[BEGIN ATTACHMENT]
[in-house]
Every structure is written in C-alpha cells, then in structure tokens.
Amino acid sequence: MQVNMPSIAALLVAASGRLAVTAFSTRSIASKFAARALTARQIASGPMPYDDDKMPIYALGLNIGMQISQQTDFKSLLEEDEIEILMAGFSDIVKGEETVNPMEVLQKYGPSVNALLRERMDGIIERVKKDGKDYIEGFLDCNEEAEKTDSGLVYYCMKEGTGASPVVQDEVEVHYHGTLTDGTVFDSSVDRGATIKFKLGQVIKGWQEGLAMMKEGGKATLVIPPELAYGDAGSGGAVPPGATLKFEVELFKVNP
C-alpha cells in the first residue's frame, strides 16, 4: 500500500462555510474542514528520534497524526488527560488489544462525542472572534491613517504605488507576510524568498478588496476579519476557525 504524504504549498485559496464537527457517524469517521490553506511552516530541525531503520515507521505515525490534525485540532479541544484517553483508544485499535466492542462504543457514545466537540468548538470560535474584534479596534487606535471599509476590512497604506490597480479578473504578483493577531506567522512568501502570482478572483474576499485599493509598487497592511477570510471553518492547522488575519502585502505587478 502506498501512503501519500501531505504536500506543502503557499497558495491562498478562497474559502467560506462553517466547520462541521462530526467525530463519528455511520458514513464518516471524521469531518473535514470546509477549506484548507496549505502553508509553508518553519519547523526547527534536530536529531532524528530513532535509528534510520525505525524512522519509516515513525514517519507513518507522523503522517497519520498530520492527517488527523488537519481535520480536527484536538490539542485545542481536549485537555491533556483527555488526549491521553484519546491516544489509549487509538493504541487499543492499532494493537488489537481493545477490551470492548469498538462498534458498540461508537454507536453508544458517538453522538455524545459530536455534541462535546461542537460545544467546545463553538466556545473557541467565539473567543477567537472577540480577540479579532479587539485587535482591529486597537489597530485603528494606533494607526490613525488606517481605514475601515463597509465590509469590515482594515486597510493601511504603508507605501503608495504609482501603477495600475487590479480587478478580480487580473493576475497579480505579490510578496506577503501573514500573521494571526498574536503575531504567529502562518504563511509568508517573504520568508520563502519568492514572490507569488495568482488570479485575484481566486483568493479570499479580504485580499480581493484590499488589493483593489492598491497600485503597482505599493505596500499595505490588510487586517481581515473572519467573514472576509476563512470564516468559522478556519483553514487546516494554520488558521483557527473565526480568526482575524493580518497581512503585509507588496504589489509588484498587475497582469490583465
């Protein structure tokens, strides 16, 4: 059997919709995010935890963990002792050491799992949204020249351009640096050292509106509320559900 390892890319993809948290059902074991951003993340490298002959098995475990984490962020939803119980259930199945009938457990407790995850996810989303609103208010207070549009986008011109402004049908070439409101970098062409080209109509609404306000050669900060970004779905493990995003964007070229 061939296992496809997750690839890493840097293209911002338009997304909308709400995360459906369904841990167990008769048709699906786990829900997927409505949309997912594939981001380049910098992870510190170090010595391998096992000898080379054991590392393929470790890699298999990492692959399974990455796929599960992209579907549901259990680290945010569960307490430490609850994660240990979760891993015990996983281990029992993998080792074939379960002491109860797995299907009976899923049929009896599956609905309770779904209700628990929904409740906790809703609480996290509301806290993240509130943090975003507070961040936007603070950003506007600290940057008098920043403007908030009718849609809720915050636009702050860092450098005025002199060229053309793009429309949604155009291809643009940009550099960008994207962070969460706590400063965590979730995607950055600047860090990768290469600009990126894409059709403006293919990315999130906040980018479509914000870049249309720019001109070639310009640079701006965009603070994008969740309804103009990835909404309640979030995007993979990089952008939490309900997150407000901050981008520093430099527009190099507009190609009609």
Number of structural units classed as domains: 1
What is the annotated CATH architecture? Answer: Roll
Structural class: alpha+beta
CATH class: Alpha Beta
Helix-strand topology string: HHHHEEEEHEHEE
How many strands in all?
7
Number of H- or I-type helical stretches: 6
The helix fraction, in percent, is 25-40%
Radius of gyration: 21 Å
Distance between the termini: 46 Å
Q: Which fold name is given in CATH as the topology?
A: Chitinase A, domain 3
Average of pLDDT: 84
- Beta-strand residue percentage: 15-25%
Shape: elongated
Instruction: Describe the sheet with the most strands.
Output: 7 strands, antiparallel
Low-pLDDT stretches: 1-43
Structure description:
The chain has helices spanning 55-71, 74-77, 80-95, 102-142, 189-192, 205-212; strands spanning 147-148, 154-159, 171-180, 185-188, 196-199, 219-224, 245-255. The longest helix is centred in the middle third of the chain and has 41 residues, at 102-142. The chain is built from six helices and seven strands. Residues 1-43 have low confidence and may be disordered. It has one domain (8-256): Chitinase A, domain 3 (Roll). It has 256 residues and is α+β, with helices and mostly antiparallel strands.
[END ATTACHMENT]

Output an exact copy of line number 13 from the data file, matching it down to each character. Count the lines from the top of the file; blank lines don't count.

Number of H- or I-type helical stretches: 6